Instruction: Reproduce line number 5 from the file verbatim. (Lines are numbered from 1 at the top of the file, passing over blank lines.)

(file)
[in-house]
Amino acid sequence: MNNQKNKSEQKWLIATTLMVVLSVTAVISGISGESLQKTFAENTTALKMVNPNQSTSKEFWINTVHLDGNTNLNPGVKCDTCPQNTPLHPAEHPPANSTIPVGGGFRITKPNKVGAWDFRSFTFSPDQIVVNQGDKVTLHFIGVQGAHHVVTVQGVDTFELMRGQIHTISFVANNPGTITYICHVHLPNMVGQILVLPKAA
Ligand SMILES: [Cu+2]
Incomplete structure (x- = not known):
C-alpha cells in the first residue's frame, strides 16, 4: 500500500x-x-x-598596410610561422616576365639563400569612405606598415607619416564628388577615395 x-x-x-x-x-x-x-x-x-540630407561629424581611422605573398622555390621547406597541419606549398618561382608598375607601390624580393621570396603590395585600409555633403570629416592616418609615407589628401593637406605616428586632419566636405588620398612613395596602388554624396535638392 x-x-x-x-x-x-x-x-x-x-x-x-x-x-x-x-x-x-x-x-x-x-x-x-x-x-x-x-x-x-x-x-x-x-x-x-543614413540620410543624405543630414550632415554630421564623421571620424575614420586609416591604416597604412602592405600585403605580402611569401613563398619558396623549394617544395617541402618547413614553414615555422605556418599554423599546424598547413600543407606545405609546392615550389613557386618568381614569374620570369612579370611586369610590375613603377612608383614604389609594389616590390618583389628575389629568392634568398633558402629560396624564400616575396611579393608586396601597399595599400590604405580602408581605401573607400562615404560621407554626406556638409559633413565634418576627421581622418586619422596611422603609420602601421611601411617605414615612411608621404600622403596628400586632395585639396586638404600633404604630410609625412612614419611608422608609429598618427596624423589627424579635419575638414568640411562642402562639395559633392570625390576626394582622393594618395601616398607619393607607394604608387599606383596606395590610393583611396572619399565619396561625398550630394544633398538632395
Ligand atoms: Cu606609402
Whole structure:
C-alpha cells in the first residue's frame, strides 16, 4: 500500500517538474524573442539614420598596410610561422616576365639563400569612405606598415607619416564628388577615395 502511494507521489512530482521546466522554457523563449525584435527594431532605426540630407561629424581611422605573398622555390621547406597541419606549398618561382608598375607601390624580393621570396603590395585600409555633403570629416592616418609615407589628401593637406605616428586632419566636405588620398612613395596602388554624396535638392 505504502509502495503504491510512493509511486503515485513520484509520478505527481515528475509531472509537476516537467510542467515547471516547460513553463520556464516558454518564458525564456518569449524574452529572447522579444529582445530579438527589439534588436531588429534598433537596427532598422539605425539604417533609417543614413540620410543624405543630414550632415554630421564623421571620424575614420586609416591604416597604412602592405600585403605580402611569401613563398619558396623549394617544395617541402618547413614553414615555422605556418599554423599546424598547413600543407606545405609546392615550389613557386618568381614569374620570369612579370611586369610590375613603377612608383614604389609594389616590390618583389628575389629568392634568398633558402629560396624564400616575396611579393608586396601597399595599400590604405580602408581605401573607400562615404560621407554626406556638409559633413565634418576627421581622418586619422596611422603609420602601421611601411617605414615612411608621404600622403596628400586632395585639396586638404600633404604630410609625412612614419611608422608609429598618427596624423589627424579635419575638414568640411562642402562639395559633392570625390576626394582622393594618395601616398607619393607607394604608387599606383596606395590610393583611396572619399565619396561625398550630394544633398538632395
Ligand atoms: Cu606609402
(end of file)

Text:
C-alpha cells in the first residue's frame, strides 16, 4: 500500500x-x-x-598596410610561422616576365639563400569612405606598415607619416564628388577615395 x-x-x-x-x-x-x-x-x-540630407561629424581611422605573398622555390621547406597541419606549398618561382608598375607601390624580393621570396603590395585600409555633403570629416592616418609615407589628401593637406605616428586632419566636405588620398612613395596602388554624396535638392 x-x-x-x-x-x-x-x-x-x-x-x-x-x-x-x-x-x-x-x-x-x-x-x-x-x-x-x-x-x-x-x-x-x-x-x-543614413540620410543624405543630414550632415554630421564623421571620424575614420586609416591604416597604412602592405600585403605580402611569401613563398619558396623549394617544395617541402618547413614553414615555422605556418599554423599546424598547413600543407606545405609546392615550389613557386618568381614569374620570369612579370611586369610590375613603377612608383614604389609594389616590390618583389628575389629568392634568398633558402629560396624564400616575396611579393608586396601597399595599400590604405580602408581605401573607400562615404560621407554626406556638409559633413565634418576627421581622418586619422596611422603609420602601421611601411617605414615612411608621404600622403596628400586632395585639396586638404600633404604630410609625412612614419611608422608609429598618427596624423589627424579635419575638414568640411562642402562639395559633392570625390576626394582622393594618395601616398607619393607607394604608387599606383596606395590610393583611396572619399565619396561625398550630394544633398538632395